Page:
ii) Sertoli-Stromal Tumours


The Sertoli-Leydig group contains most of these tumours, which are made up of a combination of Sertoli cells, Leydig cells, and stromal elements. They are rare tumours (<0.5%).
Sertoli-cell tumours contain Sertoli cells with no Leydig cells. They are even rarer than the Sertoli-Leydig group.


Aside from being very rare, both Sertoli-Leydig and Sertoli cell tumours often occur in the 20-30 age bracket.



Clinical Features

Despite appearing as Leydig or Sertoli cells, these tumours may produce oestrogens, androgens, or neither. Androgen production is more common (1/3rd of cases) in Sertoli-Leydig tumours, causing virilisation. Oestrogen producing tumours may cause menstrual irregularities or precocious puberty.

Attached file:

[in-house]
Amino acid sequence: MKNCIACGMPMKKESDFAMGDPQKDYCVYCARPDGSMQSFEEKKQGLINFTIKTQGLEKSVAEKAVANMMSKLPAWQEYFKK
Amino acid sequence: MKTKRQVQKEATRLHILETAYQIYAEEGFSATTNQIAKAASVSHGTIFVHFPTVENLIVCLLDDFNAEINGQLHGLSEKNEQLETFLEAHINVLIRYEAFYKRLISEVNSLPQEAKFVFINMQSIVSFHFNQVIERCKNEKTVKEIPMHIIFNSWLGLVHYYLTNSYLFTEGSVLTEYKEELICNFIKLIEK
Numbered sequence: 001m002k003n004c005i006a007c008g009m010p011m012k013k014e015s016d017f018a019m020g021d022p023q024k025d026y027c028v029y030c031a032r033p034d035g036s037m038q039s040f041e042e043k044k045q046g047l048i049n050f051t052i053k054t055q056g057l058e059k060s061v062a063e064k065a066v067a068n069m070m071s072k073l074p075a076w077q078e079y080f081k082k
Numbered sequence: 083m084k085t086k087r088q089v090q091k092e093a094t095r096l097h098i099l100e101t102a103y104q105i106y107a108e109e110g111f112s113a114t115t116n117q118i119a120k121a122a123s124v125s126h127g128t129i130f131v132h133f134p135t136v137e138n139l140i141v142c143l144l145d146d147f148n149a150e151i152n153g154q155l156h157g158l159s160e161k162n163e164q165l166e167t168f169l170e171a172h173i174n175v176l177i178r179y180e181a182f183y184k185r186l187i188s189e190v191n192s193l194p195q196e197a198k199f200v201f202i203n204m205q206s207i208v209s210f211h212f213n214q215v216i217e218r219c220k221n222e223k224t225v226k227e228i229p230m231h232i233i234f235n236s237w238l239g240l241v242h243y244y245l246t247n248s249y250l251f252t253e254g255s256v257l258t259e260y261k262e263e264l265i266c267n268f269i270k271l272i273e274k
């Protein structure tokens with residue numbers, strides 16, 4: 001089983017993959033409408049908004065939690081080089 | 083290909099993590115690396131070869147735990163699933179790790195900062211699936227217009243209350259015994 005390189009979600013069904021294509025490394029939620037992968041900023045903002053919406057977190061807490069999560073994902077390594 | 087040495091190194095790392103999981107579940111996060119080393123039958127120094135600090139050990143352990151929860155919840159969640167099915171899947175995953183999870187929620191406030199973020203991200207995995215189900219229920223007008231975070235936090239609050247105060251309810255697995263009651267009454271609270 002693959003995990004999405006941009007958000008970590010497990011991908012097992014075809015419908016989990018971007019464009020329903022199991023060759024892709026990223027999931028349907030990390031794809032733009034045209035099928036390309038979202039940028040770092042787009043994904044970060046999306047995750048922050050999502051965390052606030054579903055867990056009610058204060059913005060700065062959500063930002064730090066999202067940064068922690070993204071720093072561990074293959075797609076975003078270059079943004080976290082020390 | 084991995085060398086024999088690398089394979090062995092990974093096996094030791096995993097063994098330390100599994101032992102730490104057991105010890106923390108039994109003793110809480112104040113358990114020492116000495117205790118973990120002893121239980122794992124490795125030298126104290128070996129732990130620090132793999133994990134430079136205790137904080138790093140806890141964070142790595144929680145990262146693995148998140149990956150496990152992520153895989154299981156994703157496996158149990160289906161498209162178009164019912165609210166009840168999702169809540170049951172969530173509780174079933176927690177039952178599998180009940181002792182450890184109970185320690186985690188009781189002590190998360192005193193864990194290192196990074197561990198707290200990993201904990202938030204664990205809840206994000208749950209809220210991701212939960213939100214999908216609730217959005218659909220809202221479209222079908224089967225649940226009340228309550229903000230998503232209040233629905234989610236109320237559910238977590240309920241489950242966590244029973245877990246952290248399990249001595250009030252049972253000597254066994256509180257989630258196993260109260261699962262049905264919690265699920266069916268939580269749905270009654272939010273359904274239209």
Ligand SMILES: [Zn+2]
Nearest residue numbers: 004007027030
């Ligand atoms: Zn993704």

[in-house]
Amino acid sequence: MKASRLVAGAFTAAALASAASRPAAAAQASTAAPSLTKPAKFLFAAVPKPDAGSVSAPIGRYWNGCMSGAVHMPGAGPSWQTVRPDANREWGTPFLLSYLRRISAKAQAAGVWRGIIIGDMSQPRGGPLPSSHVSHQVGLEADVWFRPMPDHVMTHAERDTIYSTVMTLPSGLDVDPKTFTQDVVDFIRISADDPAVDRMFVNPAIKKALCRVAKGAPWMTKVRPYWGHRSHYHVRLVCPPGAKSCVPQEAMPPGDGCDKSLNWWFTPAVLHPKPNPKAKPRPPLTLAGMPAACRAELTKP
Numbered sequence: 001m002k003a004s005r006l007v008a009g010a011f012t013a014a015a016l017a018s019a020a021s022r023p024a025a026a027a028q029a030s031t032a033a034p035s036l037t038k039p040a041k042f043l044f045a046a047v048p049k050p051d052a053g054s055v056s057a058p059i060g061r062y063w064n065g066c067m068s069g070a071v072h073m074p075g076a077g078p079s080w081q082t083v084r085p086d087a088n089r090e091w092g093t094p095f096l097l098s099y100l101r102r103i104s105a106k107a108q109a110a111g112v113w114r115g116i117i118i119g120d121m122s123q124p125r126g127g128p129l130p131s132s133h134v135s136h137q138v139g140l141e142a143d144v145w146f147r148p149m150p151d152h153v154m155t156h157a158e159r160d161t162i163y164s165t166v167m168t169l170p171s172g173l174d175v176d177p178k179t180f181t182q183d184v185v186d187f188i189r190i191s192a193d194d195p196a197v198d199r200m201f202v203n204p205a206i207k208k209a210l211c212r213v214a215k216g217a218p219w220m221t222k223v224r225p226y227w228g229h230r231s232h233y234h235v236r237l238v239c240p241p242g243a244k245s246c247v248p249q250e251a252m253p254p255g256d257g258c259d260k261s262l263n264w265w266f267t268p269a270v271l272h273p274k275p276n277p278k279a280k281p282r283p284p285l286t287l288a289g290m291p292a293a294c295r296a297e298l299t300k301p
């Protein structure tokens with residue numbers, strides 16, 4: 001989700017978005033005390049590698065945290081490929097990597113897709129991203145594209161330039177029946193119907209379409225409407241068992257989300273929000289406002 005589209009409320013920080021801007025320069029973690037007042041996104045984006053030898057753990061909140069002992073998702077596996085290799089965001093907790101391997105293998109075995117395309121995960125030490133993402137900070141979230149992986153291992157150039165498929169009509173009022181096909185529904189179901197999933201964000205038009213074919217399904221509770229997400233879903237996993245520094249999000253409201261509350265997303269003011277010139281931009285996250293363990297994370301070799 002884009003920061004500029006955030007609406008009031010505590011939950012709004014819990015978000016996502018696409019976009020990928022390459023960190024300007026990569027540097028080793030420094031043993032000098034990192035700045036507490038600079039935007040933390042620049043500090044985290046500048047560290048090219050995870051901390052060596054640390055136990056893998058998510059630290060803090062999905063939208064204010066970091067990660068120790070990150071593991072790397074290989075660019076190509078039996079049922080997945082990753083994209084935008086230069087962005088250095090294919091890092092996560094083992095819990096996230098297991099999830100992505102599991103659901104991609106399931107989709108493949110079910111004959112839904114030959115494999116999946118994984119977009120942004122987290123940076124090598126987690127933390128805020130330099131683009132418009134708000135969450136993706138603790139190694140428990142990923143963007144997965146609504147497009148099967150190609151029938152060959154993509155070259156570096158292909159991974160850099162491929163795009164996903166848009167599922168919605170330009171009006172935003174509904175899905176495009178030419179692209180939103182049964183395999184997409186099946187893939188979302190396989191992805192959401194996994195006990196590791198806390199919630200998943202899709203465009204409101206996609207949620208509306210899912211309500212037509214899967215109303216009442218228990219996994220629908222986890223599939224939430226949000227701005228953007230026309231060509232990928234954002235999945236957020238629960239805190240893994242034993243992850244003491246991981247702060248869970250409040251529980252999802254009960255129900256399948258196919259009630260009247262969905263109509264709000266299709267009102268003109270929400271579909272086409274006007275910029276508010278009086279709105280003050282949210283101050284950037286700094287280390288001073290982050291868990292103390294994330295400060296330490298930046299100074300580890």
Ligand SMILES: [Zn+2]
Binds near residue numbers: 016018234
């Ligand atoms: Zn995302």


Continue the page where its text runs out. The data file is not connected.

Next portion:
Pathological Features

Macroscopically, the tumour may be solid, cystic or both and is often yellow.
Microscopically, Sertoli-Leydig tumours have a variable appearance. Well-differentiated tumours contain tubules lined by Sertoli cells surrounded by a stroma containing fibrous and Leydig cell clusters. As differentiation worsens, the tubules become less apparent and the tumour may consist of atypical spindle cells.
Sertoli cell tumours contain tubules with no evidence of Leydig cells. The tubules range from single lumen to cribriform in appearance.